DC Area Outranks the Rest in Wealth

September 25, 2013

Released Census Bureau data shows that the D.C. metro area is the wealthiest in the country.

The 2012 American Community Survey shows, in fact, that four of the top five wealthiest counties in the U.S. are around the nation’s capital.

Arlington County, in Northern Virginia, took top slot, with a median household income of $137,216 — an amount, as the Weekly Standard notes, that is more than $10,000 higher than the second-richest county.

That second-richest county is Loudoun County, and is also reputed to have more horses per capita than anyplace else in Virginia. Loudoun County’s median household income is $127,192, according to the Census Bureau.

Third place was taken by Maryland’s smallest county, Howard County, between D.C. and Baltimore, which has a household income of $125,162. And, back to Northern Virginia for the fourth – Fairfax County, which has a median household income of $124,831.

Fifth place is where we find our first county from outside the Beltway. It’s New Jersey’s Hunterdon County, about an hour outside Manhattan, with a median household income of $123,454.

The Weekly Standard tallied the areas with median household incomes of over $100,000. The conservative magazine found that D.C. area has the highest concentration of counties, nine, and that New York, with seven, has the second-highest:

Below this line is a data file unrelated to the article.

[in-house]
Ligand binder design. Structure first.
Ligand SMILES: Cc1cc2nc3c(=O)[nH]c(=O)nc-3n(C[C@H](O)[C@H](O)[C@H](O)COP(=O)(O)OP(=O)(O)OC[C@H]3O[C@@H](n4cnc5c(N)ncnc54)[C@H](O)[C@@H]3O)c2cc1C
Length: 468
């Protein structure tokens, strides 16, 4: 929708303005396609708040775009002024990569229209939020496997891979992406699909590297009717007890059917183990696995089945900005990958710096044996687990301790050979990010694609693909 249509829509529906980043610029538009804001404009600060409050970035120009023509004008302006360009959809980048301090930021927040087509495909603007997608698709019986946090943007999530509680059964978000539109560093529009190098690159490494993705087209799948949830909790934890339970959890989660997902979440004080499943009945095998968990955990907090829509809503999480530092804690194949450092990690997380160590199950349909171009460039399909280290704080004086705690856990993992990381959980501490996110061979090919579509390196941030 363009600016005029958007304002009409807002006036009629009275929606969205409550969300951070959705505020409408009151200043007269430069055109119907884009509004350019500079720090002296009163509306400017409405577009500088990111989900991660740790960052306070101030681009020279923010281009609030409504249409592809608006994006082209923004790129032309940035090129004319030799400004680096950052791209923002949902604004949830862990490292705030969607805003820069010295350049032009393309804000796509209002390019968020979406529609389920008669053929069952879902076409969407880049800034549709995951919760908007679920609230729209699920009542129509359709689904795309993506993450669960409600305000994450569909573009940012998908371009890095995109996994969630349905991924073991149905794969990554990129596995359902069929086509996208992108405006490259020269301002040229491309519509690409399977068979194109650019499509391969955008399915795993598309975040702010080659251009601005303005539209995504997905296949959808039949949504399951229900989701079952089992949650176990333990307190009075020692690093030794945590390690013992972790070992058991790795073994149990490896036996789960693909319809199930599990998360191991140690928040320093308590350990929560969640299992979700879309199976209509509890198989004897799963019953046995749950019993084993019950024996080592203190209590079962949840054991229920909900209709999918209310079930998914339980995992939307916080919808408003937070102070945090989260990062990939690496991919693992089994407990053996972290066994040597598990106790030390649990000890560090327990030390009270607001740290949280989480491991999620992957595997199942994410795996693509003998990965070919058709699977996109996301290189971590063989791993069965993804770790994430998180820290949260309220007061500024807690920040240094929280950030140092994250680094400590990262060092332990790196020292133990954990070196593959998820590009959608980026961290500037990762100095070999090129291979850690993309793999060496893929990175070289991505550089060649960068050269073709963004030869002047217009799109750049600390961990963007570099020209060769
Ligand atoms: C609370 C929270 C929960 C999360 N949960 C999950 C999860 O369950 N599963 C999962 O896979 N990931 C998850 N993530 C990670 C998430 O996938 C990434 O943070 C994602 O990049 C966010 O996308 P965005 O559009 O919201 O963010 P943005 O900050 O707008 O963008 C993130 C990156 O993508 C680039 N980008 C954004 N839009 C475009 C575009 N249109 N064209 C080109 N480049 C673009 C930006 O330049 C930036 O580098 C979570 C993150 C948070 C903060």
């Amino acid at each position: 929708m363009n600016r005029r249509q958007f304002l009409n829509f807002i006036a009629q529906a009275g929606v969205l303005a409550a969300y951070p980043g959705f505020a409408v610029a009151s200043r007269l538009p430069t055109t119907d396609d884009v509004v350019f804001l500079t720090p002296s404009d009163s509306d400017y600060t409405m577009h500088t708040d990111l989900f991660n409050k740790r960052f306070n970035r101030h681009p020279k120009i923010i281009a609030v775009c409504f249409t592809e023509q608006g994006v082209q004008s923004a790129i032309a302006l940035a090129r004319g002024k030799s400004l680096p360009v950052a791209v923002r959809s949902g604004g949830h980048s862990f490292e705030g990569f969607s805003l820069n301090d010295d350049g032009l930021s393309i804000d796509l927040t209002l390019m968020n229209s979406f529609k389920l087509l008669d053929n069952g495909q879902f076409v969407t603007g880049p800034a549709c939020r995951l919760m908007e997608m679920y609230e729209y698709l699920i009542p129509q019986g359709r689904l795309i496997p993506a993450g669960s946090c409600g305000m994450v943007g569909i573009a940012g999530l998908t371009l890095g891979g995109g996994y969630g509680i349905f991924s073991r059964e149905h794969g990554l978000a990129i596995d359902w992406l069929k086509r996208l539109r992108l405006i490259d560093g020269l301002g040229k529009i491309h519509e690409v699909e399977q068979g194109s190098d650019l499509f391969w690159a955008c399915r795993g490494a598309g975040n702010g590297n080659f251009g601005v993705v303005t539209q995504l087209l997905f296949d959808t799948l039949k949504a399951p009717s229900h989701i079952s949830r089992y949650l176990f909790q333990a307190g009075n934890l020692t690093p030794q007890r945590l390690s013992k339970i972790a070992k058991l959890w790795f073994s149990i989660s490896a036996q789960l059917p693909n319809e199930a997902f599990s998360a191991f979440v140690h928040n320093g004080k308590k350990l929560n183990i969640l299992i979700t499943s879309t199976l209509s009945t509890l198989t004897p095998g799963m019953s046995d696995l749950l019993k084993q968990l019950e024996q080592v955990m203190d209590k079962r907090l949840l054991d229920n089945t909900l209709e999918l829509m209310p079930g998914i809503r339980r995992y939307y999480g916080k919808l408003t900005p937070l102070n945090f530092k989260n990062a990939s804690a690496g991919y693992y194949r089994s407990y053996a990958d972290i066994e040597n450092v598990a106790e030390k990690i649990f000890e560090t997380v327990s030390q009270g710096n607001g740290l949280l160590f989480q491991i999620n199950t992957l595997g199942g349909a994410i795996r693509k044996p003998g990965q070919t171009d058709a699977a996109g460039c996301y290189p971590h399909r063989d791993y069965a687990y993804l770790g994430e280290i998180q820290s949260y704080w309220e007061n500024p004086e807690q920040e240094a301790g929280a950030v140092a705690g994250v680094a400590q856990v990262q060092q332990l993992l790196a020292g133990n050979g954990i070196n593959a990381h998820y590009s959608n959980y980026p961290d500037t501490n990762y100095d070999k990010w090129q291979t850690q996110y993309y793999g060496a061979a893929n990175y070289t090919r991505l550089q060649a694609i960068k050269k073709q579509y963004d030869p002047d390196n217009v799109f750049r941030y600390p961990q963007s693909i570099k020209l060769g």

Note that the metro areas of Chicago, San Diego, Seattle, Miami, Dallas, Houston, and even Los Angeles don’t include a single $100,000 county among them, while the D.C. metro area has 9. Note also that New York’s metro area (population: 20 million) is more than three time the size of D.C.’s, yet the former has fewer $100,000 counties than the latter.

D.C. itself, meanwhile, had a median household income of $82,268, which may sound comparatively modest, but only four states — Connecticut, Maryland, Massachusetts and New Jersey — have higher figures.

A survey earlier this year, though, showed the D.C. area to have the country’s least affordable housing market. And, indeed, a commenter going by the name “Let Them Eat Cake,” meanwhile, suggested that the high household income is at least partly mediated by the high cost of living: “The sad part is that everyone in the county would be living like a King or Queen in most other parts of the United States. Money never seems to go as far is appears on paper.”

SOURCE: Huffington Post/Greenwood

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